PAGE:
Doctor Who and the Cybermen by Gerry Davis

Published: 1975 (although my copy says 1974)

Illustrations: Alan Willow, drawing Ben as Lee Majors and getting the perspective on the moon’s surface badly wrong. Rather than looking like an enormous base about a mile away from our heroes, it looks like it's a couple of yards away and eighteen inches high.

Edition read: First reprint, 1974

Coolest Cover: Chris Achilleos’s cover is just iconic- the wrong sort of Cyberman, Troughton from ‘The Three Doctors’, but combined with the black spine and back cover it looks so wonderfully dark and disturbing.

Continuity Conundrums: Ben is apparently from the 1970’s, so he’s in for a surprise when he gets dumped in 1966 in two stories’ time...and the Cybermen here say they’re from Telos.

Unseen Adventures: None, but the ‘Creation of the Cybermen’ prologue gives some idea of how Davis originally saw the Cybermen.

The BBC Budget Wouldn’t Run To: Thirty Cybermen launching an all-out attack on a dual-level moonbase set.

Purple Prose: It’s too long to quote here, but the sequence where Ralph is attacked by a Cyberman in the food store stuck in my subconscious for years. Also, bearing in mind that the book was written at the same time that Davis’s script for ‘Revenge of the Cybermen’ had been substantially rewritten by Robert Holmes:

The Cyberman turned and looked at the second Cyberman, then back at Benoit. ‘Revenge? What is that?’

What indeed...sadly the line is in the original story, but I’m sure Davis could have taken it out if he’d wanted to...

Crimes Against Literature: Davis seems never to have heard of tautology, so we get the likes of "the solar sun" (as opposed to the other kind, then) and "the round, doughnut-shaped torus of the Gravitron". The book is also particularly badly copy-edited, leading to howlers like:

...Evans was sitting with his head on the controls, unconscious. ‘Quick,’ said the Doctor,’before he comes too’.

Obviously one of the lesser-known side-effects of Cyber control.

Childhood Recollections: I remember having a copy, certainly, and at some stage wanting the poster Target did of the reprint cover.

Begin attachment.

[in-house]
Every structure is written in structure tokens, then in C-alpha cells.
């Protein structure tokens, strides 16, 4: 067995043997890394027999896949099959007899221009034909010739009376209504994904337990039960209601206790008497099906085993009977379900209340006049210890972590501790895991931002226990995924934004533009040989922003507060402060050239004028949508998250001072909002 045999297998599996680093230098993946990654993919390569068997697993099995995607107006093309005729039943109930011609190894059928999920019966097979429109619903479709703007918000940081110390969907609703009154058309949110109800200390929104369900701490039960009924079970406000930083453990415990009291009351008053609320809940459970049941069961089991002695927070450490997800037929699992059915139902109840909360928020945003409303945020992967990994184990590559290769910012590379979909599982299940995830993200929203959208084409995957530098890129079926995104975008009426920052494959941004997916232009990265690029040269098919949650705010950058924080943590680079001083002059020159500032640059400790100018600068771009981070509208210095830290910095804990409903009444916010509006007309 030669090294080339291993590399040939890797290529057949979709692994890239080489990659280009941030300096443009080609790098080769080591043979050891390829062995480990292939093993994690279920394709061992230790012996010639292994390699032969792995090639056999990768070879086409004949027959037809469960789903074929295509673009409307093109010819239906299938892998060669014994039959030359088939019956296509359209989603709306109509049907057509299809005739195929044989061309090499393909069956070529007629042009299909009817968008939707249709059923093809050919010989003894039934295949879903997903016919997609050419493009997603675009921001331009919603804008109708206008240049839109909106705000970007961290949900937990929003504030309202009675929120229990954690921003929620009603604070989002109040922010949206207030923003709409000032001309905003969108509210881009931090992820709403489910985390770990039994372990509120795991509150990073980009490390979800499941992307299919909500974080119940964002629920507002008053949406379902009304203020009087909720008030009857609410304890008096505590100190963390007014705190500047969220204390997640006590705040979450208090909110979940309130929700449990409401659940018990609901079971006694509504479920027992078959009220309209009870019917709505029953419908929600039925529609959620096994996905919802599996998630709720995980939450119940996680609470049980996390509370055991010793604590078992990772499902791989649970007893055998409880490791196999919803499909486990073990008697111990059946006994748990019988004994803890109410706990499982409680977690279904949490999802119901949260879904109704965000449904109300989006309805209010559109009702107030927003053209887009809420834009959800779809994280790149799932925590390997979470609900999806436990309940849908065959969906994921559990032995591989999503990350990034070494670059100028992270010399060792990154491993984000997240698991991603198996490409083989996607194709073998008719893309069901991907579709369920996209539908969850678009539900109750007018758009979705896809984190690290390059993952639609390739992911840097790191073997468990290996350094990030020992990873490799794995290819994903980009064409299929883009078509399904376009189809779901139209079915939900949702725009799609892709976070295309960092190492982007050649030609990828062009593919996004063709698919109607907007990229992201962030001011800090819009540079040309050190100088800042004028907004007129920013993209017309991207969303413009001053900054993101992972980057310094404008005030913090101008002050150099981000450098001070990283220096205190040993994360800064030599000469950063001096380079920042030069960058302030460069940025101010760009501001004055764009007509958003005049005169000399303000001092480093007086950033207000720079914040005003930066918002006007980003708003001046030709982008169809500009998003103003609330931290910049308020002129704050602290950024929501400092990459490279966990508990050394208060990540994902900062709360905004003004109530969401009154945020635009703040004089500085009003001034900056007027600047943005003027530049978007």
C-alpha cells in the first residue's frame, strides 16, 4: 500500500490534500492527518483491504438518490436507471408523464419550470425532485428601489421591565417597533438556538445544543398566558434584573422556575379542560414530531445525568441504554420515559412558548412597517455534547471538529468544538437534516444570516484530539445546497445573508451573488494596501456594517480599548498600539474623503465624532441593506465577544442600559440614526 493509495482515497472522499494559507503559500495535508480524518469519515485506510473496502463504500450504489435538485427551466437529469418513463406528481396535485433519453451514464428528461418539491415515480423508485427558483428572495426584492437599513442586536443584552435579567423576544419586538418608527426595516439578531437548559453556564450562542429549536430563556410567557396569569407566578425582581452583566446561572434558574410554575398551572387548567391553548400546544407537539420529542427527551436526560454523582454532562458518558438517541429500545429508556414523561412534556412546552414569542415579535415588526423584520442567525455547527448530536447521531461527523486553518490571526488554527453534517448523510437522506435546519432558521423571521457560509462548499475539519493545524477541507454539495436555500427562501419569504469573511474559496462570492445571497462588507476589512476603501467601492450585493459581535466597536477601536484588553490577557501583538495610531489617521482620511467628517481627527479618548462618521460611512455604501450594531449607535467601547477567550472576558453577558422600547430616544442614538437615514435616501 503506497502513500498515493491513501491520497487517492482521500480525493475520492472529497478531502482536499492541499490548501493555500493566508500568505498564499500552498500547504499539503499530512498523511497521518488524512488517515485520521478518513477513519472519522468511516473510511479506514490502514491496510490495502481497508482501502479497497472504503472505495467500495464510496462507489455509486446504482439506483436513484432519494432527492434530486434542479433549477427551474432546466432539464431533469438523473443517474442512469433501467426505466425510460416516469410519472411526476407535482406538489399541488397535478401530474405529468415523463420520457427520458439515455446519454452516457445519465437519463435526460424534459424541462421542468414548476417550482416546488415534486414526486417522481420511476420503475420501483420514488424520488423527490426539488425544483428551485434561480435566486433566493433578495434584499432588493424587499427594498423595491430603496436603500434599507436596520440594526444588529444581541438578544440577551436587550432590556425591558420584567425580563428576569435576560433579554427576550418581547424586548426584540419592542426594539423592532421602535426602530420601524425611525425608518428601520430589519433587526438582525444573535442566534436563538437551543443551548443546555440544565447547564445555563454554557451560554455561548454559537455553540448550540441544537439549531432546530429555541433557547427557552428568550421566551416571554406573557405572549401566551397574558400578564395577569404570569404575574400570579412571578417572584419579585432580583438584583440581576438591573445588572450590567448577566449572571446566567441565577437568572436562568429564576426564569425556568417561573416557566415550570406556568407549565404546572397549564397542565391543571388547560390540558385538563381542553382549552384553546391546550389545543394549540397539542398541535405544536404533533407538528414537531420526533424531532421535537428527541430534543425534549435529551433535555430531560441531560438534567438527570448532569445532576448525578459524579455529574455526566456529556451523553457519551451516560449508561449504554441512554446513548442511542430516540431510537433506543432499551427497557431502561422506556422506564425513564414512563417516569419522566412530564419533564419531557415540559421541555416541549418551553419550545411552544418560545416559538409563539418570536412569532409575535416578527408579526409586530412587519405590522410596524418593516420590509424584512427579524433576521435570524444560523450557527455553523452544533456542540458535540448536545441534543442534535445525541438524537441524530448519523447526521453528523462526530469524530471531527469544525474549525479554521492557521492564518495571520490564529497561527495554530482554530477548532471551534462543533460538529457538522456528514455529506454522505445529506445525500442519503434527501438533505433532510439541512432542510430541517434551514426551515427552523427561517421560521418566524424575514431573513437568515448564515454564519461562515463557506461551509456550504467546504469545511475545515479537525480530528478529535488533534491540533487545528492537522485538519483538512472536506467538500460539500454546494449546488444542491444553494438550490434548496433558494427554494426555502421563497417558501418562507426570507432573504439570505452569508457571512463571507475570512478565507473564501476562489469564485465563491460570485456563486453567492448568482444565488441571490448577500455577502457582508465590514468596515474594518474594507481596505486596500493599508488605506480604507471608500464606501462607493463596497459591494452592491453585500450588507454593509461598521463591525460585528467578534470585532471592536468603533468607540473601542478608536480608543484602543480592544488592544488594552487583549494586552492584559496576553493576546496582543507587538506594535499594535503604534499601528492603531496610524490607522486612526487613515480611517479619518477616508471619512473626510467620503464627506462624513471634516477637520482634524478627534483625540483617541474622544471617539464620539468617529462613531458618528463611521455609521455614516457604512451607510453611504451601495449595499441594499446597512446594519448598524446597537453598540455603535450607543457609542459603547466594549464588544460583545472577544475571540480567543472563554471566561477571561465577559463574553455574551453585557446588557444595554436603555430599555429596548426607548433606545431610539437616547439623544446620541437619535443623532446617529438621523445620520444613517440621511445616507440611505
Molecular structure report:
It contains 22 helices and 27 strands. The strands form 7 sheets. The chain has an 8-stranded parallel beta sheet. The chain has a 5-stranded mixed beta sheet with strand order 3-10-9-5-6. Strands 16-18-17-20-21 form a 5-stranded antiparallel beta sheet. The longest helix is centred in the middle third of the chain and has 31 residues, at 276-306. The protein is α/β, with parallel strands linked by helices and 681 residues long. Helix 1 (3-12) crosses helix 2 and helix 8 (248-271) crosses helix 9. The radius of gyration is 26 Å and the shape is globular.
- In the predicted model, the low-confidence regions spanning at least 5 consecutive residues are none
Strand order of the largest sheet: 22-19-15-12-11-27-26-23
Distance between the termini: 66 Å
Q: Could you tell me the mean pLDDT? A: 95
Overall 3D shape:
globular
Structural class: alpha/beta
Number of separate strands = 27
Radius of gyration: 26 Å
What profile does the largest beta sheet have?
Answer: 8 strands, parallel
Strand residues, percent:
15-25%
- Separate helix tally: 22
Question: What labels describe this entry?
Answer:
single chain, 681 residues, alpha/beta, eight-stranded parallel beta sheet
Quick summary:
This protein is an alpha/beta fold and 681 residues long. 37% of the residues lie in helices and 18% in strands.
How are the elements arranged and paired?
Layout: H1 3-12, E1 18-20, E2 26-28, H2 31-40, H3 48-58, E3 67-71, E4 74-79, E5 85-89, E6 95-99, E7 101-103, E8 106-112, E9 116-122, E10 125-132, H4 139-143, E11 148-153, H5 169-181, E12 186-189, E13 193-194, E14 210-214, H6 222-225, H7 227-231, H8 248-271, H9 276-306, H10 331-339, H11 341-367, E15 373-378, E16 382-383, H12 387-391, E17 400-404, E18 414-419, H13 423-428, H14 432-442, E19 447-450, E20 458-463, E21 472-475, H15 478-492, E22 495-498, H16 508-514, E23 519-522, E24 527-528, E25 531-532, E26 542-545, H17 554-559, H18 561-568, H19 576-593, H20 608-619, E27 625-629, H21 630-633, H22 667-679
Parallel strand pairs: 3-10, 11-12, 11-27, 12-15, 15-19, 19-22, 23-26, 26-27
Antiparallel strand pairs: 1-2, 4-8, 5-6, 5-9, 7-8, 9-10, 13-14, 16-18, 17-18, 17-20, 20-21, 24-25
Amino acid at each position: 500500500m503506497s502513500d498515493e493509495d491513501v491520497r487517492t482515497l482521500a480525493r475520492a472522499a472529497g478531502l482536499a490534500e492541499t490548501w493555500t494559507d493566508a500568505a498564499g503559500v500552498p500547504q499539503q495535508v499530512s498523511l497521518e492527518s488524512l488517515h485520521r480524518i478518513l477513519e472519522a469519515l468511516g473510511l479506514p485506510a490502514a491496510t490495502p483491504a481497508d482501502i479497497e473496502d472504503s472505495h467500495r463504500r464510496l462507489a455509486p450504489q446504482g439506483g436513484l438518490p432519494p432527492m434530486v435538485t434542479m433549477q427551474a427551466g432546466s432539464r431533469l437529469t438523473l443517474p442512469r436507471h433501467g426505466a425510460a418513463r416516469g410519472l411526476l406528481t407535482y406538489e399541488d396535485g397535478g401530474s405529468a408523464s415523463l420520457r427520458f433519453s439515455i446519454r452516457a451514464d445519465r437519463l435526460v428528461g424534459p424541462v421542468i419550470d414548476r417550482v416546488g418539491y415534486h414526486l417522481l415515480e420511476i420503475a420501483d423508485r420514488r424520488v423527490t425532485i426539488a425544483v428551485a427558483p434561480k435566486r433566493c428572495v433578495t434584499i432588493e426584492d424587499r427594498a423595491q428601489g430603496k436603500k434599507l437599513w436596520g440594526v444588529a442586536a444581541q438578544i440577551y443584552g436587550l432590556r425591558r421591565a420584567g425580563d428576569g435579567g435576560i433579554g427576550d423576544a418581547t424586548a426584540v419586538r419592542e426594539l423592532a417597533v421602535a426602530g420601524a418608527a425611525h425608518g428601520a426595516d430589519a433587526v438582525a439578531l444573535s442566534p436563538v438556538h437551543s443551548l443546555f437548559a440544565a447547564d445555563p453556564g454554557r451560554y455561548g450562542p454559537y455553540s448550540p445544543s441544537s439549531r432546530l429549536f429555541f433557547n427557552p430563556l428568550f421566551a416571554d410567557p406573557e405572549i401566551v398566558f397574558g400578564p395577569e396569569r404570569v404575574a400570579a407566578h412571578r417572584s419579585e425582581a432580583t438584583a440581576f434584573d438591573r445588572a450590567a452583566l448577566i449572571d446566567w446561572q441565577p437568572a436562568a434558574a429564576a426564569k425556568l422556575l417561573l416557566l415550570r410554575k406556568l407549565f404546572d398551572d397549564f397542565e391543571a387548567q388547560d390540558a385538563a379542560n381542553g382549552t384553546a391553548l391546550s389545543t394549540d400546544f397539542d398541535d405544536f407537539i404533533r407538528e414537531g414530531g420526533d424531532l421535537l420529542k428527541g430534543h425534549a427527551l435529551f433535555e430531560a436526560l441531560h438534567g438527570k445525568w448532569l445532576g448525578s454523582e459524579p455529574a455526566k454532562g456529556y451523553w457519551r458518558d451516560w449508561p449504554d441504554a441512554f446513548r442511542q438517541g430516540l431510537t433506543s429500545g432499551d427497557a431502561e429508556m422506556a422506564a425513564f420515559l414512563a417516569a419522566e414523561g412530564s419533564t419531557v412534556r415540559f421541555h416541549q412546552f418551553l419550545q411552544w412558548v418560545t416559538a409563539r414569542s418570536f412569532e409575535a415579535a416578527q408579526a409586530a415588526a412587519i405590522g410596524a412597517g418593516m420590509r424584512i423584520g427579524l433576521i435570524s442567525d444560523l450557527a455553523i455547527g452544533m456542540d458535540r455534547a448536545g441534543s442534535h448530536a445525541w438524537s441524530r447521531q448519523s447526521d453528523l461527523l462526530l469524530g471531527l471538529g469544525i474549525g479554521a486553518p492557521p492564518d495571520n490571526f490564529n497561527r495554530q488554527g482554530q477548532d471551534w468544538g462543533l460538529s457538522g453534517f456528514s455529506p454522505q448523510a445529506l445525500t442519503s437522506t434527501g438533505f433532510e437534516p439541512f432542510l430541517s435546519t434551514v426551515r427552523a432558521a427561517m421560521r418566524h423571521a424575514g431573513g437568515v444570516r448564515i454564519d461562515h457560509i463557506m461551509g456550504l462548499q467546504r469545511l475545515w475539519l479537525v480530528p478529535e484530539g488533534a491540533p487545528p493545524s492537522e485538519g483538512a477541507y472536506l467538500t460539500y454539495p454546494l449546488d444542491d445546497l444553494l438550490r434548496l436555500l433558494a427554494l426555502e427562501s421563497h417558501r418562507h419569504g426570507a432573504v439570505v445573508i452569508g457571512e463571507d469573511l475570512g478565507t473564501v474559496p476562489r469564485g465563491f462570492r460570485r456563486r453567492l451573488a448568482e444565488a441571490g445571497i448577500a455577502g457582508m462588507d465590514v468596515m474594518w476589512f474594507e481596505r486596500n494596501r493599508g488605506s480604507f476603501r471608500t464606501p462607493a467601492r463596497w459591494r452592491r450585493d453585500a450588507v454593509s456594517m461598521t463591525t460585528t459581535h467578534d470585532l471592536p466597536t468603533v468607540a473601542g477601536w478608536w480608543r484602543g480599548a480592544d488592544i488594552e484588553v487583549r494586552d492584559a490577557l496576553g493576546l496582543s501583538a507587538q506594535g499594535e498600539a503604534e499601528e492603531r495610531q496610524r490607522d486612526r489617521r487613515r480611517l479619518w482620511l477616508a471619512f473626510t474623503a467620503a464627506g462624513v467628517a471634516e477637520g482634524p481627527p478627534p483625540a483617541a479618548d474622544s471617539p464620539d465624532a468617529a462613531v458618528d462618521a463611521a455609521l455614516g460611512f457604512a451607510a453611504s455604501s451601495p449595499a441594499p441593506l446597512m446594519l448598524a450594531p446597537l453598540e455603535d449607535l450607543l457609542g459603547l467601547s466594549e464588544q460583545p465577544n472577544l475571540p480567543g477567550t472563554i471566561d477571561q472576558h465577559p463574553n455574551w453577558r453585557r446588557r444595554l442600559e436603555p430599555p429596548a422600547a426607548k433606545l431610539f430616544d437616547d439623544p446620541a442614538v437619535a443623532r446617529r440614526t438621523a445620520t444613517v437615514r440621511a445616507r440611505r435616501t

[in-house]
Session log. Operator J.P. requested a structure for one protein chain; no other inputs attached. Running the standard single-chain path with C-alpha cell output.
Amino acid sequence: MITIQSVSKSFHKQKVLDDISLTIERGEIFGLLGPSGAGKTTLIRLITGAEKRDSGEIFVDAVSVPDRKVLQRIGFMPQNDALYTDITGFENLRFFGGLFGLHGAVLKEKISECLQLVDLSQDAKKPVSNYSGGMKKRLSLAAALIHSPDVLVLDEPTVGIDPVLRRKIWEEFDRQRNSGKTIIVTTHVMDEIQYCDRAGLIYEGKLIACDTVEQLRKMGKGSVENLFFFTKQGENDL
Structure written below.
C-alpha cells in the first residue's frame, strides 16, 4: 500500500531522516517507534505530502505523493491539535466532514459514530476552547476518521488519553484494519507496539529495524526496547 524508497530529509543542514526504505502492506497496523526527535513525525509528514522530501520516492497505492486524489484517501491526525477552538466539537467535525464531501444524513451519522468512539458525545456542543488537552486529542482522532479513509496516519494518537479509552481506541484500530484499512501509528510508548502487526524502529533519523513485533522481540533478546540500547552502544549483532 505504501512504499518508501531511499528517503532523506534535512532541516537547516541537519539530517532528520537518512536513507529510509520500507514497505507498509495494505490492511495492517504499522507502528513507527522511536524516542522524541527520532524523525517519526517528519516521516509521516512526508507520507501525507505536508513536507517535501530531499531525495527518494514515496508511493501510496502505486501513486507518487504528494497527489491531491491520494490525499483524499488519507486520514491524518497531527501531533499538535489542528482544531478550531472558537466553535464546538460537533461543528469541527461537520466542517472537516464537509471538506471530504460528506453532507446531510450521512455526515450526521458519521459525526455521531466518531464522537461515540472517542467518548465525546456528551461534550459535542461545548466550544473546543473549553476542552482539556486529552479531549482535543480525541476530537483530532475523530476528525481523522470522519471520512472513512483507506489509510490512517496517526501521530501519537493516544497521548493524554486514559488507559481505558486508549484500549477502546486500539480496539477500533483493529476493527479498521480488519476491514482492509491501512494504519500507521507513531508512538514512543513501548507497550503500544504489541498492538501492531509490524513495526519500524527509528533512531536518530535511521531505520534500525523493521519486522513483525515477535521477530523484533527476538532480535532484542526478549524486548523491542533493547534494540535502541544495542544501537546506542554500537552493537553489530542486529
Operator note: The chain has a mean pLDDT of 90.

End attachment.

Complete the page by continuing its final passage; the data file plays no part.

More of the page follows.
Ramblings: The second Troughton adventure to see print is the superior in every way, and in common with Terrance Dicks’s adaptations of the Pertwee era, has the good fortune to be adapted by its script editor and co-writer, so although it’s a reasonaby faithful adaptation as far as I can tell from the existing episodes, there are just a few areas where you feel that Davis wasn’t particularly happy with Morris Barry’s direction. Hobson is referred to (and his lines are slightly modified to reflect this) as a Yorkshireman, so I get the impression that we weren’t all that keen on Patrick Barr’s interpretation, and the book loses something of the story’s sense of an international base with named individual characters. Davis’s prose style is also a bit undisciplined and can veer from the utterly compelling to the awkward and cliched, as suggested above, and he’s not helped by the fact that the book was clearly copy edited by somebody who had their mind on something else and didn’t know that benzine and benzene are two different chemicals. Clearly Davis imagined the story taking place on a bigger scale, and he restructures the climax slightly so that the Doctor isn’t in three places at once and some of the tasks get spread out more evenly among the cast of characters. There’s a nice (underdeveloped) bit where Davis dwells momentarily on the gadgetry used to treat Jamie- while for us it’s a clever little foreshadowing of the Cybermen, more could have been made of it. It’s useful, though, to know that the shower caps are actually acoustic helmets to drown out the sound of the Gravitron while it’s in operation. But don’t get the impression that I didn’t like it- far from it, the book treads the fine line between faithful adaptation and authorial re-imagining, and while it loses some of the rough edges of the 1967 production, it’s remarkably faithful considering that ‘The Tenth Planet’ might have been a more logical choice for a first Cyberman book, and that it has to explain the events of that story before it can tell its own.